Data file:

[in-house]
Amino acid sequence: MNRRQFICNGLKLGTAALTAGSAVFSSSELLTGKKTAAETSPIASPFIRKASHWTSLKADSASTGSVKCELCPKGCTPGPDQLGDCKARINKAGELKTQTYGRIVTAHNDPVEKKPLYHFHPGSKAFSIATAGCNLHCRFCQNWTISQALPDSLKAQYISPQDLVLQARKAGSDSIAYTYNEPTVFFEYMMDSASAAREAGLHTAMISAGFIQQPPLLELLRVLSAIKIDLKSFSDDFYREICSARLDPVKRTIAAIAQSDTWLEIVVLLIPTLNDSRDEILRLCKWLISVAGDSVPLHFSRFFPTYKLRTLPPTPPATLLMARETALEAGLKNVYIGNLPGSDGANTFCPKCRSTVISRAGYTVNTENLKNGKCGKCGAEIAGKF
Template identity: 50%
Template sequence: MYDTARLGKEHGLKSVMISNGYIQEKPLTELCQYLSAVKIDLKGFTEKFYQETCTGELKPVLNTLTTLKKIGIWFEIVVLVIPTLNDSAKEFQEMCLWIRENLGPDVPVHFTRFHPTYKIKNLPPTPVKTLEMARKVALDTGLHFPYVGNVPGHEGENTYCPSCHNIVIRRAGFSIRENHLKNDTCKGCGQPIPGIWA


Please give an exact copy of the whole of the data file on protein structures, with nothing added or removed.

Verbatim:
[in-house]
Amino acid sequence: MNRRQFICNGLKLGTAALTAGSAVFSSSELLTGKKTAAETSPIASPFIRKASHWTSLKADSASTGSVKCELCPKGCTPGPDQLGDCKARINKAGELKTQTYGRIVTAHNDPVEKKPLYHFHPGSKAFSIATAGCNLHCRFCQNWTISQALPDSLKAQYISPQDLVLQARKAGSDSIAYTYNEPTVFFEYMMDSASAAREAGLHTAMISAGFIQQPPLLELLRVLSAIKIDLKSFSDDFYREICSARLDPVKRTIAAIAQSDTWLEIVVLLIPTLNDSRDEILRLCKWLISVAGDSVPLHFSRFFPTYKLRTLPPTPPATLLMARETALEAGLKNVYIGNLPGSDGANTFCPKCRSTVISRAGYTVNTENLKNGKCGKCGAEIAGKF
Template identity: 50%
Template sequence: MYDTARLGKEHGLKSVMISNGYIQEKPLTELCQYLSAVKIDLKGFTEKFYQETCTGELKPVLNTLTTLKKIGIWFEIVVLVIPTLNDSAKEFQEMCLWIRENLGPDVPVHFTRFHPTYKIKNLPPTPVKTLEMARKVALDTGLHFPYVGNVPGHEGENTYCPSCHNIVIRRAGFSIRENHLKNDTCKGCGQPIPGIWA